History of Udaipur
Udaipur, once known as Mewar, is the land that produced a galaxy of patriots and heroes in quick succession, people who etched the name of Rajasthan in every corner of the world. The Mewar dynasty traces its roots to the Sun God. Its history has been a continuous struggle for freedom of religion, thought and land against other Rajput groups as well as the overbearing Mughals and Muslims of bygone eras. Its act of patriotism, heroism, magnanimous behaviour and love for independence can never find any match in the annals of any country.
¤ Foundation of Udaipur
Once the capital of Mewar, Udaipur was founded by Rana Udai Singh after the fall of Chittor to Akbar in 1568. Although the Rajputs were thrown out of their capital they never gave up their sense of freedom, choosing to give up their lives lives for dignity and honour instead. Legend says that Maharana Udai Singh was out hunting one day and he came upon a sage seated beside the Pichola Lake. The sage said that the king would build his palace at the same site, and then the fortunes of his family would change. The Maharana built a small shrine, Dhuni Mata, to mark the spot which is now the oldest part of the City Palace. Udai Singh chose the site of Udaipur for his new capital and built an artificial lake named Udai Sagar after himself. Later he hit upon a pond said to have been made in the 15th century by a banjara (gypsy).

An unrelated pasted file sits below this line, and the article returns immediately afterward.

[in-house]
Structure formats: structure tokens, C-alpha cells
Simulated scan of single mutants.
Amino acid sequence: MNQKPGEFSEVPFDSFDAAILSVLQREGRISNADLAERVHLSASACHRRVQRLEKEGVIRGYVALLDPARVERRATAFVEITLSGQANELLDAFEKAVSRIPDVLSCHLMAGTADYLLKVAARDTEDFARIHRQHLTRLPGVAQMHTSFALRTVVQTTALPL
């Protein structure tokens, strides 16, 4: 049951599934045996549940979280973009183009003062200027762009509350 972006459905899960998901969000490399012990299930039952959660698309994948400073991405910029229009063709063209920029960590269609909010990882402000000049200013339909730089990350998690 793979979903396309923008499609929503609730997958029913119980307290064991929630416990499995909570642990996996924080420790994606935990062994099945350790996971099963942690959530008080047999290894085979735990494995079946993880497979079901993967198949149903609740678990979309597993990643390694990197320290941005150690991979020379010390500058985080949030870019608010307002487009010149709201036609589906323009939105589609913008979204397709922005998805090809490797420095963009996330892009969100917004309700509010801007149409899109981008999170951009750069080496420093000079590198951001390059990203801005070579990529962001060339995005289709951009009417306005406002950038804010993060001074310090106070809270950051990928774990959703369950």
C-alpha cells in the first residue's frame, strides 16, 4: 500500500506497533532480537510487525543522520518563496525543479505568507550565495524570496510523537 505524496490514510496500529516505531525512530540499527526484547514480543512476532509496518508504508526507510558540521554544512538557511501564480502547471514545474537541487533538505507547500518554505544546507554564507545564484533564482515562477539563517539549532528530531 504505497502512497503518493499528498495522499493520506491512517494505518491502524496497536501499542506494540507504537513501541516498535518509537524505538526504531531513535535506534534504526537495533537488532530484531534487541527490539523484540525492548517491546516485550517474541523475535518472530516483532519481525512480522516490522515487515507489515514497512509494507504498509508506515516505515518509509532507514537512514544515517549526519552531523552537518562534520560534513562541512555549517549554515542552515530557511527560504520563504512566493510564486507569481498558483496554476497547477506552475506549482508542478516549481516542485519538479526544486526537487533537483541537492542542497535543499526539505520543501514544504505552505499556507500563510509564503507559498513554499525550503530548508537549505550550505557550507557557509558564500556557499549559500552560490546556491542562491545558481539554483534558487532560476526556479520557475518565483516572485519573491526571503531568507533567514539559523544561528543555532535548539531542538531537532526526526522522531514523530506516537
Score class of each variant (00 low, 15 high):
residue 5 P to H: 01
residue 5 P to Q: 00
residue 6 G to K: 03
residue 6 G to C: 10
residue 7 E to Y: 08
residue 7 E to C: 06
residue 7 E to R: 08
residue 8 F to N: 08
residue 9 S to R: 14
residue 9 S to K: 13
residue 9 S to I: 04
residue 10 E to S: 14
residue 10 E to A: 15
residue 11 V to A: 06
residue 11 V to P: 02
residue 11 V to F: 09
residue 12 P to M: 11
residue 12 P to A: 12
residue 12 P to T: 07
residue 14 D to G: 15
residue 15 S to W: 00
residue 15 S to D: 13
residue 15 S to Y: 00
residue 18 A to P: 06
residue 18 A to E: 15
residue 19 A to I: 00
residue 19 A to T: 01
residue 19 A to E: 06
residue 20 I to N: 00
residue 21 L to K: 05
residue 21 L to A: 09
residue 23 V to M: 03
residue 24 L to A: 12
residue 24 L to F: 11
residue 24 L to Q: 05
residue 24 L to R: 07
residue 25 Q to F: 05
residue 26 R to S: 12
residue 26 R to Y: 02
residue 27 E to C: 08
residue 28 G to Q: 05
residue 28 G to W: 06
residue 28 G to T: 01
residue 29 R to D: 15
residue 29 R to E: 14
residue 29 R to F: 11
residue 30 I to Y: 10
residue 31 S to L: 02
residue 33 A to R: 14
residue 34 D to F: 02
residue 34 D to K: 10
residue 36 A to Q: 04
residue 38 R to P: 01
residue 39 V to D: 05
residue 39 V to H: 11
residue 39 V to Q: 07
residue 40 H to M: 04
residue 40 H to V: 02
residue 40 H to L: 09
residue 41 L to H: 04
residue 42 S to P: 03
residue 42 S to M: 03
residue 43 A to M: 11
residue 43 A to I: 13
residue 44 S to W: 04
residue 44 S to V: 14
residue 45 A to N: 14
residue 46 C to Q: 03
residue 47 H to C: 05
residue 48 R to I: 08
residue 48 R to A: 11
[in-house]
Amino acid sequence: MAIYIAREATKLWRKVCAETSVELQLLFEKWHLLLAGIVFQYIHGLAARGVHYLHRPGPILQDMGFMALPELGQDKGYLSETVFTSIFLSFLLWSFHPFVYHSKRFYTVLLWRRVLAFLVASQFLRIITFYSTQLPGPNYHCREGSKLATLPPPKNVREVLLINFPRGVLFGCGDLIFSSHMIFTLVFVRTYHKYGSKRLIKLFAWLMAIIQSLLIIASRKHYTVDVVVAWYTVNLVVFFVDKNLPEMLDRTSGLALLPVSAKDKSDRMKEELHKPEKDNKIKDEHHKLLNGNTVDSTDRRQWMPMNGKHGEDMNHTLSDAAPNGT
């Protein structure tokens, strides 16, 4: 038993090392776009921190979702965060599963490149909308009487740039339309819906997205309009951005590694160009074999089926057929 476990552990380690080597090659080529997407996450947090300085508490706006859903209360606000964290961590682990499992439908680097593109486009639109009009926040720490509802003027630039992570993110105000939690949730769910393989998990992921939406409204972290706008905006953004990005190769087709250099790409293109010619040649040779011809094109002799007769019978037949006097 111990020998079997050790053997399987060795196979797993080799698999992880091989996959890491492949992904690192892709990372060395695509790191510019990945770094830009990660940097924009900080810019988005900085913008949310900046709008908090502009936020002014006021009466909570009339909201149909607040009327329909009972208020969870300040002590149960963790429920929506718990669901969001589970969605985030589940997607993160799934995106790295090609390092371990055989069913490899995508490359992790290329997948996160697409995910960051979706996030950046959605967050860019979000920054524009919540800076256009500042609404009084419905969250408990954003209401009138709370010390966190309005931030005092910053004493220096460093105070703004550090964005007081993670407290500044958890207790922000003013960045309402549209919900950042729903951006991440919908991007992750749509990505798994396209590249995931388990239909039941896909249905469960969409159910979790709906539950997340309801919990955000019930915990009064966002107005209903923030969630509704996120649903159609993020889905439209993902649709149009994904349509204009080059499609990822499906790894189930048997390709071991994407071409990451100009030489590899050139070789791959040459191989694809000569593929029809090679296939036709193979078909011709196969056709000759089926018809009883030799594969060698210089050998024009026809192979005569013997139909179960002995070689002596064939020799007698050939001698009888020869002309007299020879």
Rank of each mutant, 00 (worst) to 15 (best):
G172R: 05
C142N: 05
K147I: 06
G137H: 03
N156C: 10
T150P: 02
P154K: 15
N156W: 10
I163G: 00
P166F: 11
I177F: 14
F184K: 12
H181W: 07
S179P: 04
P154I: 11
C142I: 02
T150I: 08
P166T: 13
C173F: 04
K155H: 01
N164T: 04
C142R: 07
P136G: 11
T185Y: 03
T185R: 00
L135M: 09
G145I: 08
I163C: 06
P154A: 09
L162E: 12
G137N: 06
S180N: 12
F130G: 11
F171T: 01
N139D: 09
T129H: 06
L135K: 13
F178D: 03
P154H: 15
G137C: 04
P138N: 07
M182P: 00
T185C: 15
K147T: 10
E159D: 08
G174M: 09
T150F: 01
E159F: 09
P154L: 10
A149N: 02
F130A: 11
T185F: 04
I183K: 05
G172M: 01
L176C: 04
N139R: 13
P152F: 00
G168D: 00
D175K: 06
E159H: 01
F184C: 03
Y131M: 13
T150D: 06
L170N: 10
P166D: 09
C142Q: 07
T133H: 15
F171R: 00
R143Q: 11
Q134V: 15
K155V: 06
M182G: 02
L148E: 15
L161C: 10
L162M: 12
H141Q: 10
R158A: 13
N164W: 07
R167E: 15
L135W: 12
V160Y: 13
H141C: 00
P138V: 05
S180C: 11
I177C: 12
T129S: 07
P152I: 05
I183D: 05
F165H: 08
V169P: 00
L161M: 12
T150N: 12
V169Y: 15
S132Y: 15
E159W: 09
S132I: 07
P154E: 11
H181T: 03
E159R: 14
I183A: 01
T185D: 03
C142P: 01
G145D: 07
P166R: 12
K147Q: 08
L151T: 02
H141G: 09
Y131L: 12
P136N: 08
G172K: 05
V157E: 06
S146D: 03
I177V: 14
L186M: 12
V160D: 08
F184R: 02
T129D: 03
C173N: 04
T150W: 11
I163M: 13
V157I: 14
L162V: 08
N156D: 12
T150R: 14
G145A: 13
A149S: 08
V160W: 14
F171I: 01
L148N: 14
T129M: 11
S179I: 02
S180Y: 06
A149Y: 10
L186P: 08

¤ The Architecture Expension of City
The gypsy had built a dyke upon a stream for his bullocks cross over. Udai Singh further extended this pond and created one of the most picturesque man made lakes in Rajasthan. The Rana named it Pichola after the neighbouring village of Picholi. His new capital was established when in 1559 he built a small palace, Nochouki, on an overlooking ridge. Other buildings and structures soon mushroomed around the palace. With successive generations the marble and granite palace of the Rana spread out, always allowing an architectural excellence quite unique to the Mewar dynasty. The city palace went on expanding until it could claim itself to be one of the largest palaces in the world.
¤ Udaipur remained Untouched from Mughals
Sisodias, offshoots of the Chauhanas who ruled the Mewar region, were against Mughal dominion and tried every trick possible to distance themselves from them. Udaipur remained untouched from Mughal religious and aesthetics influences and remained so till the coming of the Europeans. Maharana Fateh Singh of Udaipur was the only royalty who did not attend the Delhi Durbar for King George V in 1911. This fierce sense of independence earned them the highest gun salute in Rajasthan, 19 against the 17 each of Jaipur, Jodhpur, Bundi, Bikaner, Kota and Karauli. Udaipur retained its romantic quality and Rosita Forbes, who passed this land of bravery during the decline of the British Raj, described it as "like no other place on earth."